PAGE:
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Kosovo Serbs: we won't remove barricades leading to the north

For more than a month, European Union police have helicoptered Kosovo customs officers over some 16 mud-and-log barricades guarded by local Serbs who do not want to accept that Kosovo is an independent state.

A NATO-led Kosovo Force (KFOR) helicopter lands next to barricades made by local Serbs on the Brnjak border crossing between Serbia and Kosovo, on Wednesday. Hundreds of Serbs gathered at the barriers to protect them from forced removal by the peacekeepers who say they want to establish freedom of movement in the region, and reopen supply routes for their troops.

Darko Vojinovic/AP

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A standoff between NATO officials and local Serbs in Kosovo continues to roil, with hardliners today saying they will defy demands to remove road barricades leading to two border stations in the Serb-majority north.

For more than a month, European Union police have helicoptered Kosovo customs officers over some 16 mud-and-log roadblocks guarded by local Serbs who do not want to accept that Kosovo is an independent state.

The barricades are a symbol of local Serb defiance and were erected this summer after tense clashes, as Kosovo police tried to establish their authority at border control points. Meanwhile, Russian officials have said they are establishing a “humanitarian center,” formerly described as an air base, 50 miles from the Kosovo border in the Serbian town of Nis.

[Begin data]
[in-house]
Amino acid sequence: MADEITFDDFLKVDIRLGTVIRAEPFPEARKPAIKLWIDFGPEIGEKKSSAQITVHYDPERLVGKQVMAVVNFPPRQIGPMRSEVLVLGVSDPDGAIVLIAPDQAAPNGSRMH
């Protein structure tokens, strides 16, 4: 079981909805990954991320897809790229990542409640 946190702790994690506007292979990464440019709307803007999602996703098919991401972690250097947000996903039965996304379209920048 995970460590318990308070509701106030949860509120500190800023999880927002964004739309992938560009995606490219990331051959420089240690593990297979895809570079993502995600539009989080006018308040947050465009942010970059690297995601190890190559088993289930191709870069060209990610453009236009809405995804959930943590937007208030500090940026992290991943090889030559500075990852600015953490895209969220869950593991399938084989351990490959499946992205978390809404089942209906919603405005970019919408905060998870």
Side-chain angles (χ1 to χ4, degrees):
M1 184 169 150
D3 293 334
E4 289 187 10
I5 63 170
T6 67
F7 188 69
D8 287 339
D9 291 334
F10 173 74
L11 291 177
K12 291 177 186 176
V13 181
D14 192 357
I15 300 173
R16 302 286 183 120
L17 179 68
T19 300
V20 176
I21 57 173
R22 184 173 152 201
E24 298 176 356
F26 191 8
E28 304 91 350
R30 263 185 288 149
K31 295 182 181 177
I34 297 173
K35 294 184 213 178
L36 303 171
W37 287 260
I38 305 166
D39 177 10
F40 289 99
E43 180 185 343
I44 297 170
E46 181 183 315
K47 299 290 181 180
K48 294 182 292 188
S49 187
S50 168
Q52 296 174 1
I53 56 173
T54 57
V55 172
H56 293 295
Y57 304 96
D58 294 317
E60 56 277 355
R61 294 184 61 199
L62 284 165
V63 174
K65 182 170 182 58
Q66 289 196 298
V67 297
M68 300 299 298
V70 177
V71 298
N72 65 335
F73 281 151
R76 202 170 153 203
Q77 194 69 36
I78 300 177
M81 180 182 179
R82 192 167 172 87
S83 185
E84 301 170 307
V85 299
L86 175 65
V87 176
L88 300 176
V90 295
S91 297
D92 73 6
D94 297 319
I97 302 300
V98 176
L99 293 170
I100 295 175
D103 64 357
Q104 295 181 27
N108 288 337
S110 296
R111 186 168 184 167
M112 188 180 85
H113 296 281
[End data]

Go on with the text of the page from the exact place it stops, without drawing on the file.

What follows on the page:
NATO officials gave Serbs a barricade removal deadline last weekend, and another Tuesday. But Serbs did not comply. Today, after a meeting of municipal Serb leaders (elected unofficially in the view of the EU) they said the barricades would be lifted only for limited freedom of movement for KFOR (the term used for NATO in Kosovo) and for humanitarian purposes, terms that in the past have been highly arbitrary.

"I am disappointed with this outcome," said Maj. Gen. Erhard Drews, the NATO commander in Kosovo, yesterday. "The north did not comply with the request to remove the roadblocks."

Kosovo is an important national symbol in Serbia; the loss of Kosovo in 1999 after NATO intervened to stop ethnic cleansing, and the subsequent 2008 US and EU backing of Kosovo's declaration of independence, are sore points in Belgrade.

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